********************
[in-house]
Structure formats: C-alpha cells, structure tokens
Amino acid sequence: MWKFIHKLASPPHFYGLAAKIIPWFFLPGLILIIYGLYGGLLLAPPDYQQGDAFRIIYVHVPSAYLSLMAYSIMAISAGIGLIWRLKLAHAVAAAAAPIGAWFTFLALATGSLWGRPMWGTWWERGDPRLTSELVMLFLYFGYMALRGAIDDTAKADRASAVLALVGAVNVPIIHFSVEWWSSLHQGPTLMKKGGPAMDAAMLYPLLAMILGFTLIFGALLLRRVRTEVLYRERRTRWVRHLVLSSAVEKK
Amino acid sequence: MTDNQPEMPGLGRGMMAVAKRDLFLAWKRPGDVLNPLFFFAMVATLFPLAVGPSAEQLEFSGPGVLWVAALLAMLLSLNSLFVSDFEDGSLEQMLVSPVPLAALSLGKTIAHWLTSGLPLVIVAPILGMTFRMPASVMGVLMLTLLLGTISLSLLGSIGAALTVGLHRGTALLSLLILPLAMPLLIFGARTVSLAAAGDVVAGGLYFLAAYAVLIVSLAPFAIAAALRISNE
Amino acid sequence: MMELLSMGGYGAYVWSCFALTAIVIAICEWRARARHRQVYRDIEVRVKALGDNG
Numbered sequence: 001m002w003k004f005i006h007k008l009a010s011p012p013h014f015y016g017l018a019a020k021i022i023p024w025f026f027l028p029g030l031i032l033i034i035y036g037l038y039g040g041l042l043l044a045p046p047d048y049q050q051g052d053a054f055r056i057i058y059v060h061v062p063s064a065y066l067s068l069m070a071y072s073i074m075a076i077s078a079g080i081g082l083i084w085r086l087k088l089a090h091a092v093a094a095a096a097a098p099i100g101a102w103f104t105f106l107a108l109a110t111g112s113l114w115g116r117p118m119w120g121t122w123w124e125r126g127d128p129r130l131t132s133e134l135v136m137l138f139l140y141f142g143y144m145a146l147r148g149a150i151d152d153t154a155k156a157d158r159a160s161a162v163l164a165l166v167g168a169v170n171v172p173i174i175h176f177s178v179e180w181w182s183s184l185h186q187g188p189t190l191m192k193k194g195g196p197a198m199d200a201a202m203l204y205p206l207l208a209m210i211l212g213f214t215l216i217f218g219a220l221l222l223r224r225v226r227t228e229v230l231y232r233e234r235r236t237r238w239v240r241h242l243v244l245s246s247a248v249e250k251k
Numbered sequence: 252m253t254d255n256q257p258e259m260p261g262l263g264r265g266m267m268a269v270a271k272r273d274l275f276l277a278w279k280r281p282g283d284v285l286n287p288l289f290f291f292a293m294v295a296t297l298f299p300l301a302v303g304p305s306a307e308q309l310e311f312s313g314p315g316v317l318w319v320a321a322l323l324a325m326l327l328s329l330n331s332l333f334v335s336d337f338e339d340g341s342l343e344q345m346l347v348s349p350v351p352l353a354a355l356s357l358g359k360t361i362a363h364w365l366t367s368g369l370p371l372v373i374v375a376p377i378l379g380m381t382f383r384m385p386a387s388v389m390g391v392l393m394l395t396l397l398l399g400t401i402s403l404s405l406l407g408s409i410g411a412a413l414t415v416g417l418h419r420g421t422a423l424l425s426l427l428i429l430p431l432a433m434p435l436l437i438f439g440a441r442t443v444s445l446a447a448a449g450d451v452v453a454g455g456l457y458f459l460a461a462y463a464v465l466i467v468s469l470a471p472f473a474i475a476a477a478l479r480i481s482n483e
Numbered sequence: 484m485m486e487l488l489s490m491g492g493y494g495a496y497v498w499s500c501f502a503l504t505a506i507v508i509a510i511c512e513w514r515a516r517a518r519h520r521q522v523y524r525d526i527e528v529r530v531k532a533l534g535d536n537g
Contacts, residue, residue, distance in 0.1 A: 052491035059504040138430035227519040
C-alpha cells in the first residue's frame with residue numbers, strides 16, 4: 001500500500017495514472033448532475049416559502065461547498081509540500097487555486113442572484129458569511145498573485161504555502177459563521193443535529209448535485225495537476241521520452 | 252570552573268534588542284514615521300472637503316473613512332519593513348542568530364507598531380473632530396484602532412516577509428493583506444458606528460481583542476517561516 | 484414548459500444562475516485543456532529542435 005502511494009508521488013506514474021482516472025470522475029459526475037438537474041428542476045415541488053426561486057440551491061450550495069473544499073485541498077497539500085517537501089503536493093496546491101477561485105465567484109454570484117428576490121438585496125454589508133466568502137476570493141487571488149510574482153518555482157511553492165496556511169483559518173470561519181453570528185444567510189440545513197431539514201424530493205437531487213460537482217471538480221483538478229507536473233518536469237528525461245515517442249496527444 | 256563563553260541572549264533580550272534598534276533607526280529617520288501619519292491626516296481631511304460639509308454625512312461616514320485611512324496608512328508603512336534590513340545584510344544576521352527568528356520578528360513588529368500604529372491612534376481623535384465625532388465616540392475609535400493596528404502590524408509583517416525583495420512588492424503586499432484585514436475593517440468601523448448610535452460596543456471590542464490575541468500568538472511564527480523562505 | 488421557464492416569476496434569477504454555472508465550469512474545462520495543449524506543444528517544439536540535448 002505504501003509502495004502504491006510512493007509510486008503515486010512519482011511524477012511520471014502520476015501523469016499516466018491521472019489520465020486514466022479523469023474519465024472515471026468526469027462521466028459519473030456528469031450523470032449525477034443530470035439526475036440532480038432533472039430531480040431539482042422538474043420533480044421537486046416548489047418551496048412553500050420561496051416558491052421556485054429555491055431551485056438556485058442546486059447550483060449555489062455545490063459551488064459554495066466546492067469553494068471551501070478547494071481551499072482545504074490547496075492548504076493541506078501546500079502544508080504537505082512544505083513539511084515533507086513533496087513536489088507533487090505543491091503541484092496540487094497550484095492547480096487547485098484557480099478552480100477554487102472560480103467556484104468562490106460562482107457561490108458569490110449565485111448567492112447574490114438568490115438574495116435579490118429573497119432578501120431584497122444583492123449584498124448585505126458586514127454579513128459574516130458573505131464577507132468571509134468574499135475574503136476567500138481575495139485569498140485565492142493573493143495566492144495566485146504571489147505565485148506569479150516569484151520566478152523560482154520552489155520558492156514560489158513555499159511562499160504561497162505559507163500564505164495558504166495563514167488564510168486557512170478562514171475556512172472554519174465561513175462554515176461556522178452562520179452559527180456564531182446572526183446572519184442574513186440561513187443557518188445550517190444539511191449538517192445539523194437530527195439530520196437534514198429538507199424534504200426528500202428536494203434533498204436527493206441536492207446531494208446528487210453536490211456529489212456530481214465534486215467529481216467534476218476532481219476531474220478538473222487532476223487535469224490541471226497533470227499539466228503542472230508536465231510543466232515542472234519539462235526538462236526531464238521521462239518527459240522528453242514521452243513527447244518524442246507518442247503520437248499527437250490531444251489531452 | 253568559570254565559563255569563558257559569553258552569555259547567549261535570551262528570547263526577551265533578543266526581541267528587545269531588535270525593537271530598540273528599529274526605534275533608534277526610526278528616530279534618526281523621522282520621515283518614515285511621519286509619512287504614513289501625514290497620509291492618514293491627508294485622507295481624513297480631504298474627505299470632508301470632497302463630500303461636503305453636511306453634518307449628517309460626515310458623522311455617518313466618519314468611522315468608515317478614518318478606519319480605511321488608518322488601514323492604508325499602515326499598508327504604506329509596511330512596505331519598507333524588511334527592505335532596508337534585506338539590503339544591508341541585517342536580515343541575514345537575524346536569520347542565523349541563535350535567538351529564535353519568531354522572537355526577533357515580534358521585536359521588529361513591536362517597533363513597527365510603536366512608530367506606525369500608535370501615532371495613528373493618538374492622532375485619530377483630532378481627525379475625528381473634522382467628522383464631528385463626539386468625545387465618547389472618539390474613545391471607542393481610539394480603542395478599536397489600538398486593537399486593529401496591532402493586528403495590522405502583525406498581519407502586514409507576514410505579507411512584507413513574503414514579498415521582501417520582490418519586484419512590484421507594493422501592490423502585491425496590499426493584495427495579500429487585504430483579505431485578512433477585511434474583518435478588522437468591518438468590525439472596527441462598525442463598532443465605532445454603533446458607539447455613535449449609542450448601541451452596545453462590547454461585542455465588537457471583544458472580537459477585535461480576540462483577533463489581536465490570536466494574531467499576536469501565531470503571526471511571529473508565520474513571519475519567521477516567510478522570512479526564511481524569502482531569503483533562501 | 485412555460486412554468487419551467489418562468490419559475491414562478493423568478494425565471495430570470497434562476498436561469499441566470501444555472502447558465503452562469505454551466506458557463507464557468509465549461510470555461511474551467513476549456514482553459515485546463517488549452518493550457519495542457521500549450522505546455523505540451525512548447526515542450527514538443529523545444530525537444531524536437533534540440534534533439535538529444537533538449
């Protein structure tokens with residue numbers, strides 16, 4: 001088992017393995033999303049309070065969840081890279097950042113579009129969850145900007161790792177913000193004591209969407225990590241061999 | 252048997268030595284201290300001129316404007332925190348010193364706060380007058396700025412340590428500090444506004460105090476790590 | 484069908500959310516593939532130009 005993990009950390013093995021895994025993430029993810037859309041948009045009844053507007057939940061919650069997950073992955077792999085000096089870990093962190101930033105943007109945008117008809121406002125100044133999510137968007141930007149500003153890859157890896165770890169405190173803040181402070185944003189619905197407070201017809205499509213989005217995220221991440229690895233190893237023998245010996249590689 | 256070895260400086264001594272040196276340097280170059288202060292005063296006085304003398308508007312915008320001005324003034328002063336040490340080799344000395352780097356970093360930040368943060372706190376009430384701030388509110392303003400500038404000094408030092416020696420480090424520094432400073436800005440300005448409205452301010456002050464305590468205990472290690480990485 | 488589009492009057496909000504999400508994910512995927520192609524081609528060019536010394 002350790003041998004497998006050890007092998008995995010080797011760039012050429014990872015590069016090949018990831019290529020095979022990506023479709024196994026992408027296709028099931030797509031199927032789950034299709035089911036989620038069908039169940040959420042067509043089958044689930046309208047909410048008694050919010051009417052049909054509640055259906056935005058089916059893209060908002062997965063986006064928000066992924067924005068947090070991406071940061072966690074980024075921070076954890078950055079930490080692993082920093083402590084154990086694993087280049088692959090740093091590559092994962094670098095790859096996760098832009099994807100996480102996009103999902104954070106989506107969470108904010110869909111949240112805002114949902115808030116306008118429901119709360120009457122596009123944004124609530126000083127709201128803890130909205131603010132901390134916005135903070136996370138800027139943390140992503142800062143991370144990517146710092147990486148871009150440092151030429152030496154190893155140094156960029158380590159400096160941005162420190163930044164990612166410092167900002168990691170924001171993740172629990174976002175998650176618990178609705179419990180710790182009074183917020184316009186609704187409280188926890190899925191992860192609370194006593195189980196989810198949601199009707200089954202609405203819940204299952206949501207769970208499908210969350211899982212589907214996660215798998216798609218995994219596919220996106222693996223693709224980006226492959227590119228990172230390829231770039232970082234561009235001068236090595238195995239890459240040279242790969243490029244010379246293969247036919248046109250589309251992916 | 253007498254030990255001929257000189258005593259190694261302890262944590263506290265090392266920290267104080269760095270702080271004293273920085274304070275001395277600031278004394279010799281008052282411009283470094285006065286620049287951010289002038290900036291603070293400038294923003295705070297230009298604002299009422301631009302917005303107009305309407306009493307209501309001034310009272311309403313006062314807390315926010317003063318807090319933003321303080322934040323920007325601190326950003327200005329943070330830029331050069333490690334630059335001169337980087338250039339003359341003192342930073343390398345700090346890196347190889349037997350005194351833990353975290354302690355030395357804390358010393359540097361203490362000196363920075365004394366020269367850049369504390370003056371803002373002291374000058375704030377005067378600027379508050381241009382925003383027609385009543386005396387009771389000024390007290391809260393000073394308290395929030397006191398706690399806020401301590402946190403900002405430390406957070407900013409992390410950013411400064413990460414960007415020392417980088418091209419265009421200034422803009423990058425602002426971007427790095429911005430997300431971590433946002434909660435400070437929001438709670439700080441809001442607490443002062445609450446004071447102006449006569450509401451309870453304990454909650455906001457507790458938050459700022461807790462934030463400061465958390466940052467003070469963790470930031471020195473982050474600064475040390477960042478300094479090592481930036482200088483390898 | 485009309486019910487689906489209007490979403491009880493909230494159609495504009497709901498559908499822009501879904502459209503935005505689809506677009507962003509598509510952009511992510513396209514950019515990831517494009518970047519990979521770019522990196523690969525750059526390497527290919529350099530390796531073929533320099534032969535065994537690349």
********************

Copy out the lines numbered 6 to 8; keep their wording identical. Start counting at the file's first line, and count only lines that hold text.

Numbered sequence: 001m002w003k004f005i006h007k008l009a010s011p012p013h014f015y016g017l018a019a020k021i022i023p024w025f026f027l028p029g030l031i032l033i034i035y036g037l038y039g040g041l042l043l044a045p046p047d048y049q050q051g052d053a054f055r056i057i058y059v060h061v062p063s064a065y066l067s068l069m070a071y072s073i074m075a076i077s078a079g080i081g082l083i084w085r086l087k088l089a090h091a092v093a094a095a096a097a098p099i100g101a102w103f104t105f106l107a108l109a110t111g112s113l114w115g116r117p118m119w120g121t122w123w124e125r126g127d128p129r130l131t132s133e134l135v136m137l138f139l140y141f142g143y144m145a146l147r148g149a150i151d152d153t154a155k156a157d158r159a160s161a162v163l164a165l166v167g168a169v170n171v172p173i174i175h176f177s178v179e180w181w182s183s184l185h186q187g188p189t190l191m192k193k194g195g196p197a198m199d200a201a202m203l204y205p206l207l208a209m210i211l212g213f214t215l216i217f218g219a220l221l222l223r224r225v226r227t228e229v230l231y232r233e234r235r236t237r238w239v240r241h242l243v244l245s246s247a248v249e250k251k
Numbered sequence: 252m253t254d255n256q257p258e259m260p261g262l263g264r265g266m267m268a269v270a271k272r273d274l275f276l277a278w279k280r281p282g283d284v285l286n287p288l289f290f291f292a293m294v295a296t297l298f299p300l301a302v303g304p305s306a307e308q309l310e311f312s313g314p315g316v317l318w319v320a321a322l323l324a325m326l327l328s329l330n331s332l333f334v335s336d337f338e339d340g341s342l343e344q345m346l347v348s349p350v351p352l353a354a355l356s357l358g359k360t361i362a363h364w365l366t367s368g369l370p371l372v373i374v375a376p377i378l379g380m381t382f383r384m385p386a387s388v389m390g391v392l393m394l395t396l397l398l399g400t401i402s403l404s405l406l407g408s409i410g411a412a413l414t415v416g417l418h419r420g421t422a423l424l425s426l427l428i429l430p431l432a433m434p435l436l437i438f439g440a441r442t443v444s445l446a447a448a449g450d451v452v453a454g455g456l457y458f459l460a461a462y463a464v465l466i467v468s469l470a471p472f473a474i475a476a477a478l479r480i481s482n483e
Numbered sequence: 484m485m486e487l488l489s490m491g492g493y494g495a496y497v498w499s500c501f502a503l504t505a506i507v508i509a510i511c512e513w514r515a516r517a518r519h520r521q522v523y524r525d526i527e528v529r530v531k532a533l534g535d536n537g